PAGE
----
So, if you are in pain, should you go to the Physical Therapist that is designed to remediate pain and restore function and has years of training to get the professional license? Or, should you go to a Massage Therapist trained and utilizing effective hands on skills, such as Myofascial Release? It’s obviously not a clear cut answer as Physical Therapists do have more training and understanding of the anatomy and physiology of the musculoskeletal system. It’s unfortunate that many of them are just not able to use or expand their knowledge base in our current health care model. My advice would be to seek the most qualified professional based on their ability to use hands on skills. Pain relief and restoration of pain of a musculoskeletal origin requires hands on techniques and an understanding of body mechanics to find the source of the problem. Don’t let the cheaper co-pay and insurance reimbursement make the full decision of where you go to take care of a potentially life limiting injury and pain. Based on what’s happening with our health insurance, our quality of life is going to depend on our ability to put our health care and wellness as a priority and pay out of pocket if needed.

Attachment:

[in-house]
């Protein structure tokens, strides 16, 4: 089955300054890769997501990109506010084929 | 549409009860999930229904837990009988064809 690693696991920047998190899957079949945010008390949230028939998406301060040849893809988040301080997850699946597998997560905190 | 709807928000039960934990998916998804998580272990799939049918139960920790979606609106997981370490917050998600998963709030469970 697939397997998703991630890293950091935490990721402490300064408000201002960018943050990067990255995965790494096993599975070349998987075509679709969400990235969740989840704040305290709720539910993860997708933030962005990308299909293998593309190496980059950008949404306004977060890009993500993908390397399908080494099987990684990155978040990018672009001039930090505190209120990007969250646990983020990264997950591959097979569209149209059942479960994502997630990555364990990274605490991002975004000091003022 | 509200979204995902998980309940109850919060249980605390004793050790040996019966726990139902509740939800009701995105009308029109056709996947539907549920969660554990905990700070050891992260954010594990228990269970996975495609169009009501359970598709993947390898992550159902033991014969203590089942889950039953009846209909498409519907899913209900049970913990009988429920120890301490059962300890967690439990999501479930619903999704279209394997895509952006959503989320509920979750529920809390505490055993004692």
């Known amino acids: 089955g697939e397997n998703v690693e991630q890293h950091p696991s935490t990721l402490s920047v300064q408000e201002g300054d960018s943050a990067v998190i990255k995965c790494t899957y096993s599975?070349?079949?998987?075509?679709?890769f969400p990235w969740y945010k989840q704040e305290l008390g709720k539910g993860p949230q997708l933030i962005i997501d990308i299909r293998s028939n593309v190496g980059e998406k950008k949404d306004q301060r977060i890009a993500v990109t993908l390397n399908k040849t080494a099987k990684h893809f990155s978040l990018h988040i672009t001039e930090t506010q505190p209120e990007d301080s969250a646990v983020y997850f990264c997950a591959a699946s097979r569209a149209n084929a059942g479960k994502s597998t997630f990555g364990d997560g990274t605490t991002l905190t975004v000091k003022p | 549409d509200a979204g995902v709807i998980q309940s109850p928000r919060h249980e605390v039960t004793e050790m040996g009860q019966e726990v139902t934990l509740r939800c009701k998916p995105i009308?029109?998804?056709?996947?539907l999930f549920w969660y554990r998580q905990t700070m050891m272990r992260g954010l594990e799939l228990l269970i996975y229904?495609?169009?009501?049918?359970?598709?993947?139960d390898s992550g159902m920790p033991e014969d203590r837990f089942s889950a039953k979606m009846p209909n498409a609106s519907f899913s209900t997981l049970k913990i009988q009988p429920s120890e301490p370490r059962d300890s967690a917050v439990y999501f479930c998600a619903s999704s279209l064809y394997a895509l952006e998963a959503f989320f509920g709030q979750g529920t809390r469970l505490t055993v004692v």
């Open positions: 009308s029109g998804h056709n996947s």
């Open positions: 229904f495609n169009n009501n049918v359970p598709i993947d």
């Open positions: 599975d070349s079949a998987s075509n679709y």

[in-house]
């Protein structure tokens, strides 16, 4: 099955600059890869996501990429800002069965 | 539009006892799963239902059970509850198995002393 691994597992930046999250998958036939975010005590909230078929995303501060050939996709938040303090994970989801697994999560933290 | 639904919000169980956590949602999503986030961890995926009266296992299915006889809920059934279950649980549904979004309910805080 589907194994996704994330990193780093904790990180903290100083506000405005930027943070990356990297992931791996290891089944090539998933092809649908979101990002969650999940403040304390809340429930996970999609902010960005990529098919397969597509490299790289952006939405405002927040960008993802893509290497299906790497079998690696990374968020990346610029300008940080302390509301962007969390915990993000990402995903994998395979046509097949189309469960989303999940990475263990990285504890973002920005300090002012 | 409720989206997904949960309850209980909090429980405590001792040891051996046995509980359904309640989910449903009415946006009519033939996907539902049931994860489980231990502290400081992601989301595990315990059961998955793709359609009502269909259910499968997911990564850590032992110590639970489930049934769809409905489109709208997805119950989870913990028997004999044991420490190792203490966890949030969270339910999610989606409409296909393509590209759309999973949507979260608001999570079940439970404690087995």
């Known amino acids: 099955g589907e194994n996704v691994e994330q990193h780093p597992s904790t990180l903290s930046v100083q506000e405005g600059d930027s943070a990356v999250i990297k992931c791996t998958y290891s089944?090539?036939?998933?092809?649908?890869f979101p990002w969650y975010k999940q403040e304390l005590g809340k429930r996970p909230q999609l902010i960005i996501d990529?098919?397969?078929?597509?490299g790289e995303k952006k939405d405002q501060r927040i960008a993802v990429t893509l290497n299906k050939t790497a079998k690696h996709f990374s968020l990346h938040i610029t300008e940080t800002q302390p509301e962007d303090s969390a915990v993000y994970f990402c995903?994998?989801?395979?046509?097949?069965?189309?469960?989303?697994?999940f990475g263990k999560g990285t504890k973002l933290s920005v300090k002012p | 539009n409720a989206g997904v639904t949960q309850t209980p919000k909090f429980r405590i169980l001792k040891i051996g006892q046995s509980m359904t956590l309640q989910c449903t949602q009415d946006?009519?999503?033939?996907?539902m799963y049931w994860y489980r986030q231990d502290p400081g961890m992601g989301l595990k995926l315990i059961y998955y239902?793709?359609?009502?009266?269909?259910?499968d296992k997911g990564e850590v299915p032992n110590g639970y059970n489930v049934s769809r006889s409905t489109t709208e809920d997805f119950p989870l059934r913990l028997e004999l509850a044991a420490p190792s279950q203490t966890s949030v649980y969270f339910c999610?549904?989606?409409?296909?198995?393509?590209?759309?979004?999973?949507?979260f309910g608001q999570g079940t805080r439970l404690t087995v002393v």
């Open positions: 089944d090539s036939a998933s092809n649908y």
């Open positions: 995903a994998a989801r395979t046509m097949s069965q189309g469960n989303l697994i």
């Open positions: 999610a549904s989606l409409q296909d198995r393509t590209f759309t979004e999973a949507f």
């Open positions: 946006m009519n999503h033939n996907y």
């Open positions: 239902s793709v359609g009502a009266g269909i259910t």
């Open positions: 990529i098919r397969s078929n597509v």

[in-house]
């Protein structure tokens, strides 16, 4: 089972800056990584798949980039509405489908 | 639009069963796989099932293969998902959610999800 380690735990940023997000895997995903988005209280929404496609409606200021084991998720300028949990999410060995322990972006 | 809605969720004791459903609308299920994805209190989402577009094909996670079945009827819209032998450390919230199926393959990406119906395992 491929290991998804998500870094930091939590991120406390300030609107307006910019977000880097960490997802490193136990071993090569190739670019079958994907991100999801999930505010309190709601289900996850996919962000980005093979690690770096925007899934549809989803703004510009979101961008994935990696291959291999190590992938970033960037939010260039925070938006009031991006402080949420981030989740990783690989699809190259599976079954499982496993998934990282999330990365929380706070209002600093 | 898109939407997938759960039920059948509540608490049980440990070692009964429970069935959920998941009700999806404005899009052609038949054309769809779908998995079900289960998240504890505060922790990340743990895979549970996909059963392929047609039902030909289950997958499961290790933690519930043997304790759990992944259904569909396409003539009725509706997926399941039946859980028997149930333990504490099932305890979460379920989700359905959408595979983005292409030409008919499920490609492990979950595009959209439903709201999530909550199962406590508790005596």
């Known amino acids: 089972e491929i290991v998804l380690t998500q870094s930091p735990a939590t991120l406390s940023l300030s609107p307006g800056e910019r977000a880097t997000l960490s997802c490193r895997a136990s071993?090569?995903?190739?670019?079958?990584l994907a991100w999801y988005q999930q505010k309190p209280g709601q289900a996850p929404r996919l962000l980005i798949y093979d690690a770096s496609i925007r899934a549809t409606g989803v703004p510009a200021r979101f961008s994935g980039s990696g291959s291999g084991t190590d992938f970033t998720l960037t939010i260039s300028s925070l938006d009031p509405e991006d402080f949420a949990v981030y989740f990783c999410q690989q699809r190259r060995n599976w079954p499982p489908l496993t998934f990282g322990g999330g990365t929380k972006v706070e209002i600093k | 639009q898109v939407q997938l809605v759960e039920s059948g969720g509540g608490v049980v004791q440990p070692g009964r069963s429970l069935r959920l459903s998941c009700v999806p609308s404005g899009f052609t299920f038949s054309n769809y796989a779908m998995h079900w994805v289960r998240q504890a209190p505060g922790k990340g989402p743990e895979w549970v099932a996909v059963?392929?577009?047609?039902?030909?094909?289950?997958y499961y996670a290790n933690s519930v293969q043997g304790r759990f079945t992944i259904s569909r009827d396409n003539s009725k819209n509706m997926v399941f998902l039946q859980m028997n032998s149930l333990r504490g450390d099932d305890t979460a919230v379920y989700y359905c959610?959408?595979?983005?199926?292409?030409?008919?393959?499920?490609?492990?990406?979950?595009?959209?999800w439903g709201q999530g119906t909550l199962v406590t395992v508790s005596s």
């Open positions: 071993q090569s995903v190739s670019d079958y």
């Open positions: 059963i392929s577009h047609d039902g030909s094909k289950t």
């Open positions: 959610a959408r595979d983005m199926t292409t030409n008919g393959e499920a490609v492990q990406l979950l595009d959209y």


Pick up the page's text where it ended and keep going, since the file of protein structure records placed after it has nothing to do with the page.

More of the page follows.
Hands On-Austin and Verde Valley Myofascial Release are staffed with Physical Therapists, Occupational Therapists and Massage Therapists who utilize expert level manual therapy treatments, including Myofascial Release for the restoration of function and acute and chronic pain relief. They have advanced their knowledge base in some specialized areas which include:
Women’s and Men’s Health, TMJ, Recreation and Sport Performance. You will get value for the service that you are seeking from professionals who have trained extensively beyond the level of their initial license.

I do realize that some Physical Therapists may take offense to my opinion of what has become standardized care within the Physical Therapy clinics. As a therapist who has never worked in a high volume clinic, I have a hard time identifying with that role. If you have an opinion, either from the patient or therapist stand point, please leave a comment.

Jody Hendryx, PT, LMT